Protecting those with challenges and providing them with counsel: true Jewish values, and who could object?

Unfortunately, in Gay and Orthodox: An oxymoron no more, Rabbi Ysoscher Katz castigates Rabbi Dovid Feinstein, Rabbi Reuven Feinstein and more than a dozen other well-respected and compassionate rabbis of the Lower East Side for their letter of opposition to a recent Eshel LBGTQ+ shabbaton at two neighborhood synagogues.

The inherent halachic and theological issues with such an event were addressed in detail here, and there is no need to restate them. Readers are encouraged to consult the linked article for important source quotes and explanations from some of the generation’s greatest Torah authorities. However, I would like to briefly address Rabbi Katz’s contentions.

Rabbi Katz writes:

‘We did not spill the blood of the wayfarer,’ the town elders say when bringing the eglah arufah sacrifice and pleading with God for forgiveness. ‘We made sure to provide companionship for the lonely sojourner in our midst.’ After what transpired this past weekend, when some Charedi rabbis from the Lower East Side publicly denounced the Stanton Street Shul and Sixth Street Community Synagogue for hosting Eshel, one is left wondering whether they could, with a clear conscience, stake the same claim… Members of the Eshel community were guests of the Stanton Street Shul and Sixth Street Community Synagogue this past Shabbos. These two shul communities invited them to spend tefilot and meals together. My own shul also has hosted them. It is a small gesture of recognition and support: a mainstream community welcomes Eshel members and treats them with love, dignity, and acceptance. Instead of celebrating this heartwarming example of hachnasat orchim, the ultra-Orthodox rabbis in the area chose, tragically, to stridently denounce their neighbors… Halacha has specific guidelines for how to adjudicate such cases. The Charedi poskim repeatedly make a mockery of those rules.”

Let’s now see what these Lower East Side rabbis wrote, and to what they objected.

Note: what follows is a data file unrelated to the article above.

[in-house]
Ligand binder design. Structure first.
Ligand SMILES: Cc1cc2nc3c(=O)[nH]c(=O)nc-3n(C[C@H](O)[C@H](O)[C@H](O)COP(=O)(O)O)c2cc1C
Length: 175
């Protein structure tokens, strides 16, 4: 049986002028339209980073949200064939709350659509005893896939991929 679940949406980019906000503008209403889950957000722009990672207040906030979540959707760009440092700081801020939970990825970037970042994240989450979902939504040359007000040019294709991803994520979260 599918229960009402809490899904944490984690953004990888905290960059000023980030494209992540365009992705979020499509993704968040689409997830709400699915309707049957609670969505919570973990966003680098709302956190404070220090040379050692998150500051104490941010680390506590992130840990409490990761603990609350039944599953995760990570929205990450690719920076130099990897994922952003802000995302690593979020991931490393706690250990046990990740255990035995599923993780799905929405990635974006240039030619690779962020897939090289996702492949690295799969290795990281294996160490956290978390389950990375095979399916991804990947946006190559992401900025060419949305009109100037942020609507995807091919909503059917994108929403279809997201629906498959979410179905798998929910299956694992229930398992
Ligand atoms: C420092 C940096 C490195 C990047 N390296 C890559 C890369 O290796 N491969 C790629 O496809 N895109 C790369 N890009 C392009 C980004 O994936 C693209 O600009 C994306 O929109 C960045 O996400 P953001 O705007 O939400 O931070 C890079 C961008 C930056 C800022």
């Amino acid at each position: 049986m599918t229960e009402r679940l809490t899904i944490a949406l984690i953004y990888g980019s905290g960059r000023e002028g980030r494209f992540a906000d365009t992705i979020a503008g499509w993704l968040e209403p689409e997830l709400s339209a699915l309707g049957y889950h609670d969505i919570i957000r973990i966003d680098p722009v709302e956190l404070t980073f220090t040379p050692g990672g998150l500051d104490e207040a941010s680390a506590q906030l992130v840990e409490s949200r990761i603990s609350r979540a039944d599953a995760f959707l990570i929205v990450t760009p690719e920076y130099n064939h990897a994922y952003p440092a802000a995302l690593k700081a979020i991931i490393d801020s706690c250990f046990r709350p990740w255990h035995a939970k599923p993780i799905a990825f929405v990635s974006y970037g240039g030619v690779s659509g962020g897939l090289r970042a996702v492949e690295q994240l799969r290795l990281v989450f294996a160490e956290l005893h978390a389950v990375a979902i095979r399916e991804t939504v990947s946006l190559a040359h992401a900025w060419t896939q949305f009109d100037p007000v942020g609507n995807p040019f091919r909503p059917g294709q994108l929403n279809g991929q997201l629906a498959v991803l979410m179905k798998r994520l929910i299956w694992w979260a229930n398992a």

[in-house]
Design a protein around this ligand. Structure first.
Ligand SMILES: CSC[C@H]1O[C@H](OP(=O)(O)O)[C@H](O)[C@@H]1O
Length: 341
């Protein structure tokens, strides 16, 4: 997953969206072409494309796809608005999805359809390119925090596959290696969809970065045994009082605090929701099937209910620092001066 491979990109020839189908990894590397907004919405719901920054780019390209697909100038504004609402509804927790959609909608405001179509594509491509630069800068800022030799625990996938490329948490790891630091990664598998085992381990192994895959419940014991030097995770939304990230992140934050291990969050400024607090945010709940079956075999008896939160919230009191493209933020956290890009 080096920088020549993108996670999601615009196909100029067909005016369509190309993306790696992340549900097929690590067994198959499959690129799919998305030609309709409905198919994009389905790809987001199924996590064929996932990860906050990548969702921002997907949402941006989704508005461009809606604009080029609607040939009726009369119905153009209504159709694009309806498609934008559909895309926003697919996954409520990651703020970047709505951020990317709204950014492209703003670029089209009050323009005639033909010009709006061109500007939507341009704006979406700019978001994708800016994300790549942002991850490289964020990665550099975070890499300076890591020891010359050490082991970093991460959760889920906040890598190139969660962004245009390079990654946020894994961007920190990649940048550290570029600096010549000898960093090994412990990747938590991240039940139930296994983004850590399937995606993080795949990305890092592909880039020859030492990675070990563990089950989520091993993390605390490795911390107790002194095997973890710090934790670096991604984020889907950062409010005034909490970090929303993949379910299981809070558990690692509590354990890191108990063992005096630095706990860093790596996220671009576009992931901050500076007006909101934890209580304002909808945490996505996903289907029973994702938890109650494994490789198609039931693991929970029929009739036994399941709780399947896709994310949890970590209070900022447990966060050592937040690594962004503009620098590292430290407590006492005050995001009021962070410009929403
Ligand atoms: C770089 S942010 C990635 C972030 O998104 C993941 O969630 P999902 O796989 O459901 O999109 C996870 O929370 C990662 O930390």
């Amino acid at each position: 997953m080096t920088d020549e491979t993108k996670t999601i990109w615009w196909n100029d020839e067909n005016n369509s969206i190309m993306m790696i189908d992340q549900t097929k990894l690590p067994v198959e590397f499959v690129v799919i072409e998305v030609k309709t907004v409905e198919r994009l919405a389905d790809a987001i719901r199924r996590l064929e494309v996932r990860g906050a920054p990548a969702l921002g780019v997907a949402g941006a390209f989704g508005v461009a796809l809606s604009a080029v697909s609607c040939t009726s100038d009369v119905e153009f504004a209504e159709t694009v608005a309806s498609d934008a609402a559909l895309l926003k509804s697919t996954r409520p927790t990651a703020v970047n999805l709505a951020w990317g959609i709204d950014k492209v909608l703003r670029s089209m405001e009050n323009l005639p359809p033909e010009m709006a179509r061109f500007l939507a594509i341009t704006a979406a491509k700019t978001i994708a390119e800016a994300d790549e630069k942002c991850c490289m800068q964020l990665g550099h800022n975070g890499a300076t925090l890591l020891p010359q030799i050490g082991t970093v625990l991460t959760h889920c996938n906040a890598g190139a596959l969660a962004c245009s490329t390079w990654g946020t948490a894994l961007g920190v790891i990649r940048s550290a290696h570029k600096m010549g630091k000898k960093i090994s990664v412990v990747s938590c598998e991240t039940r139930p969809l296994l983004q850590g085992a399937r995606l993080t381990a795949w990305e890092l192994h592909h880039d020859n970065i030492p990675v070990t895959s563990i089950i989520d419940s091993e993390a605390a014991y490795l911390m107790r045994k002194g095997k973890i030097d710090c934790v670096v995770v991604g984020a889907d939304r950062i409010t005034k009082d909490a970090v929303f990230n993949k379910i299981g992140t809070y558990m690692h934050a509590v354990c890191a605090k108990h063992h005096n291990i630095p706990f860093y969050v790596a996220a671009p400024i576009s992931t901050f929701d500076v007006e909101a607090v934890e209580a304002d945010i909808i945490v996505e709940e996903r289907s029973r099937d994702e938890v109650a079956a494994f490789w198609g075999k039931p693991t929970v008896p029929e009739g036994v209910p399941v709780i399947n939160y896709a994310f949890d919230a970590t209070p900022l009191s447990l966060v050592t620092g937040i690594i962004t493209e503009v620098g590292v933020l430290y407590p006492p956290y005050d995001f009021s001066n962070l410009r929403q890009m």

Here are some salient words from the rabbis’ letter:

Those struggling with homosexual inclinations deserve our full attention and concern. We need to do everything in our power to uplift such fellow Jews, and help them in their struggle to live in accordance with the Torah. At the same time, no one and no entity committed to the Jewish mesorah (tradition) can sanction what the Torah forbids. Eshel is such an organization committed to creating acceptance of “LGBTQ” unions in the Orthodox world. The group seeks shuls that “celebrate (same-gender) unions”, ideally create “commitment ceremonies” for them, and at the very least “acknowledge their union or celebration of their union if they choose to have one”… All Jews, whatever their challenges or levels of observance, are welcome in our shuls. However, the basic mandate of the Orthodox synagogue is to promote fidelity to our Torah and our mesorah. Sadly, Eshel demands that we change the Torah’s timeless standards to accord with prevalent secular attitudes. We are saddened that the Stanton Street Shul and the Sixth Avenue Community synagogue have unilaterally chosen to associate our community with an organization which we cannot to be Orthodox…

This gentle and restrained yet resolute letter is hardly worthy of the disparagement and insult penned by Rabbi Katz. And to accuse the letter writers of violating the Torah by way of the letter is way, way over the top.

It is clear from Eshel’s Welcoming Shuls page that Eshel seeks for Orthodox synagogues ideally to celebrate homosexual commitment ceremonies and homosexual family milestone events (e.g., two male partners getting engaged or adopting a baby), as well as to recognize homosexual partners as couples or families in official Orthodox synagogue membership. While these things may seem innocuous to secular and non-Orthodox Jews, they are wholly inconsistent with Torah/Orthodox Jewish values. The Torah’s opposition to celebrating and honoring homosexual unions may be politically incorrect and may not sit well with those who identify with contemporary social values, but such is the Torah’s position, and Orthodox Judaism respects, accepts and embraces it and all of the laws and values of the Torah, whether or not they are in sync with popular attitudes. Judaism, since the time of Abraham, has always been a counterculture, and taking unpopular stands is often what the Torah requires of us.

It is thus totally unreasonable to expect Orthodox rabbis to concur with Eshel’s mandate, and it is likewise totally out of line to condemn them for disagreeing with it and deeming it not Orthodox. Whereas a few Open Orthodox rabbis have articulated views that accept homosexual marriage (please also see here), such is not the position of normative Orthodoxy.

People need to be welcomed, to be understood, counseled and helped, but not by sending messages that violate the Torah.